Wis., Mich., N. and S Dak. area-men
for Management Training Program in
the Minenapolis home office area, and
Chicago area.
Wednesday, May 9:
Ralph Ellsworth Inc., Garden City,
Mich.-men in any field for Sales.
Rand Corp., Santa Monica, Calif.-
men and women in Math., any degree
with training in Integral Calculus or
beyond.
Thurs., May 10:
Home Life Insurance Co., Detroit,
Mich.-men in LS&A or BusAd for
Sales and Sales Mgt.
For appointments contact the Bureau
of Appointments, 3528 Admin. Bldg.,
Ext. 371.
The following schools will have repre-
sentatives at the Bureau of Appoint-
ments to interview teachers for the
1956-57 school year.
Tuesday, May 8:
Albion, Mich. - Teacher needs: Ele-
mentary; Instrumental Music (Strings)
--Elementary and Secondary.
Ubly, Mich. - Teacher needs: Music
(Band); Industrial Arts (Junior &
Senior High).
Wednesday, May 9:
Kalamazoo, Mich. - Teacher needs:
Elementary; Physical Ed. (Girls) -
Elem. and Junior High; Junior High
Pre-Language (Latin/French/German);
Senior High Physical Ed./Asst. in Foot-
ball; Swimming, Junior and Senior
High; Chemistry; Science/Biology/
Chemistry; Math/Science; Driver Ed.
Lawrence, Mich. - Teacher needs:
Elementary-2nd Grade; 6th Grade-
man, asst. coach basketball and base-
ball or track; High School Social Stud-
ies/Head Basketball and Track or Base-
ball.
New Buffalo, Mich. - Teacher needs:
Elementary; Remedial Reading; Junior !
High/P E wonan; Commercial (Book-
keeping/Typing/Shorthand).
Thursday, May 10:
St. Joseph, Mich. -- Teacher needs:
Elementary-Kdg, and 2nd; Elementary
Art; Speech Correction; Mens Physical
Ed (5th, 6th, and 7th grades); 9th grade
English-man to -asst. Football; High
School English; High School Comm.
with. Shorthand.
Marion, Michigan-Teacher needs: In-j
strumental Music; Biology.
For additional information and ap-
pointments contact the Bureau of Ap-
pointments, 3528 Administration Build-
ing, NO 3-1511.

One-way Study Program
Starts For Chicago_'U'

A one-way exchange program of v
students has been started between
University of Chicago and Mos-I
cow University.
The program can only include
U.S.-to-Russia students because
American immigration laws pro-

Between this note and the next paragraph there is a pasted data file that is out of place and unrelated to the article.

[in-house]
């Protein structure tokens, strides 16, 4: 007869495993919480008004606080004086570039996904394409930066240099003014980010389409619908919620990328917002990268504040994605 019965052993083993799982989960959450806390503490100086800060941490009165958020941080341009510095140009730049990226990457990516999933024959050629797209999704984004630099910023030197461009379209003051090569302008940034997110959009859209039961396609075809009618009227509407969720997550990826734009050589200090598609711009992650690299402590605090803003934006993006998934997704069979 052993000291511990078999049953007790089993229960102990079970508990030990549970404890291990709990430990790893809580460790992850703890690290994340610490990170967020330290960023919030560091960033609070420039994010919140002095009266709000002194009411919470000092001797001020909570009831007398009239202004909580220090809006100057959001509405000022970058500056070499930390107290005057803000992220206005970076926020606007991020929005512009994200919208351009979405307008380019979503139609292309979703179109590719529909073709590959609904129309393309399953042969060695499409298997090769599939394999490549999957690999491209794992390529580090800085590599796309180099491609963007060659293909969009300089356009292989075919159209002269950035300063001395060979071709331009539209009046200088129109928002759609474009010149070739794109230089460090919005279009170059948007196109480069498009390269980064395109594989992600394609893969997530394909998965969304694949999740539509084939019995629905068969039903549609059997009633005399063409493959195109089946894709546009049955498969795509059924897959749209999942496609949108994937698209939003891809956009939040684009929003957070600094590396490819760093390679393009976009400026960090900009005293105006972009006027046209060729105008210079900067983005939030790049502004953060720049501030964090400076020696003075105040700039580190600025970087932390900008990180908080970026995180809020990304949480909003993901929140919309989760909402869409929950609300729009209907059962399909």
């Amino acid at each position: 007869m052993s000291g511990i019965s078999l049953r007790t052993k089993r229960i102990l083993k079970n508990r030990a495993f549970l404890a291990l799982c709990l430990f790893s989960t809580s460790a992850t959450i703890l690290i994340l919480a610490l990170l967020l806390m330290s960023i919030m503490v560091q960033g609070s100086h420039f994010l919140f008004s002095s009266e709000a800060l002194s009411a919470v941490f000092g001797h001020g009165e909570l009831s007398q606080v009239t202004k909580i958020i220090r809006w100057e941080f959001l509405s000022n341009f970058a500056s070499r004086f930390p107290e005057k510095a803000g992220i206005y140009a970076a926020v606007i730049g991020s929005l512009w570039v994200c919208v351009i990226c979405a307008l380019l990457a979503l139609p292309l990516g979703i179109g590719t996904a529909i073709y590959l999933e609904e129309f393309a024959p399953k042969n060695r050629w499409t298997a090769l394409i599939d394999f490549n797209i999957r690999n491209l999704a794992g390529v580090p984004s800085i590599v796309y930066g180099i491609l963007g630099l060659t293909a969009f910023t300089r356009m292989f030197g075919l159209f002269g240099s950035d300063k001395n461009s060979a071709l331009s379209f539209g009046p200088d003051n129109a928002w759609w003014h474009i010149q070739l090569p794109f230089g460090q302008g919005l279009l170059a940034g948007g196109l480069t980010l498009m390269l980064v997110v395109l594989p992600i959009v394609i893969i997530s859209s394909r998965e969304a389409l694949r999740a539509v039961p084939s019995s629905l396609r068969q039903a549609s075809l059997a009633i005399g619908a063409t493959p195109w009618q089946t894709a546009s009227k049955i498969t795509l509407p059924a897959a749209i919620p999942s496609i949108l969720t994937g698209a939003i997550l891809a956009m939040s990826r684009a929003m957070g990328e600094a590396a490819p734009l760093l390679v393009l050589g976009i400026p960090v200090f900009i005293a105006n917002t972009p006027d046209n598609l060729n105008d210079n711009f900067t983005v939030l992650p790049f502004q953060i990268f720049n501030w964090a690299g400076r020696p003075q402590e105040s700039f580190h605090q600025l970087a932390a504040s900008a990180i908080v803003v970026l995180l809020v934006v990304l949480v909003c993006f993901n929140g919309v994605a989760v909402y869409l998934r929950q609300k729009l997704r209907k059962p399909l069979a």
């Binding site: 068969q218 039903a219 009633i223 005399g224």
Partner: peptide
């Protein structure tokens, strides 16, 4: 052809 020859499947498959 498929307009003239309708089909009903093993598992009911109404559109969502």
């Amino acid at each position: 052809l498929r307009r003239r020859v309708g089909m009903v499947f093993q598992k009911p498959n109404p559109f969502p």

hibit alien Communists from
studying in this country.
The one-year study program in
Moscow was arranged by the Chi-
cago Student Government. The
university authorities, although
not parties to the arrangement,
were said to have given their ap-
proval.
The cost, which will be covered
by the student government, was
estimated at $2,000, including
transportation and tuition.
The Human Rights Society at
Dartmouth (N.H.) has written
strongman Franco of Spain, call-
ing on him to correct "the recent
infringements on the rights of stu-
dents."
The societyexpressed concern
over the dictator's arrest of four
young intellectuals charged with
publishing and distributing illegal
literature.
It looks like the University of
Detroit has outdone us ... in one
respect anyway.
At their "Carnival," their grand
prize will be a Cadillac hardtop.
Michigan, at Michigras, gave away
no more than a suit and a dress.
* * * ,
The U. of Detroit also reports
that one of its student watchmen
was attacked and beaten by a
gang of youths.
Gustave Bartels, a Korean vet-
Petitioning Opent
Petitioning is still open for Wol-
verine chairmanships, according to
Mike Jacobson,
These chairmanships include the
Pep Rally, Publicity, Block 'M',
Special Affairs and Special Trips.
For information, call Jacobson
at NO 3-8508.

eran, could not identify the youths
but said they had been drinking.
MSU has its own problems with
too eager enforcement by the city
of traffic regulations.
The University of Michigan, of
course, has been sitting tight, won-
dering if bicycles will be banned
from the city side-walks. But at
Michigan State University, stu-
dents can be arrested for hitch-
hiking. A front-page picture in
the Michigan State News shows a
student-thumber being approached
from behind by an East Lansing
policeman,
But if you think the Spartans
have it bad, yo uhaven't heard'
anything yet,
At the Rochester Institute of
Technology in New York, the stu-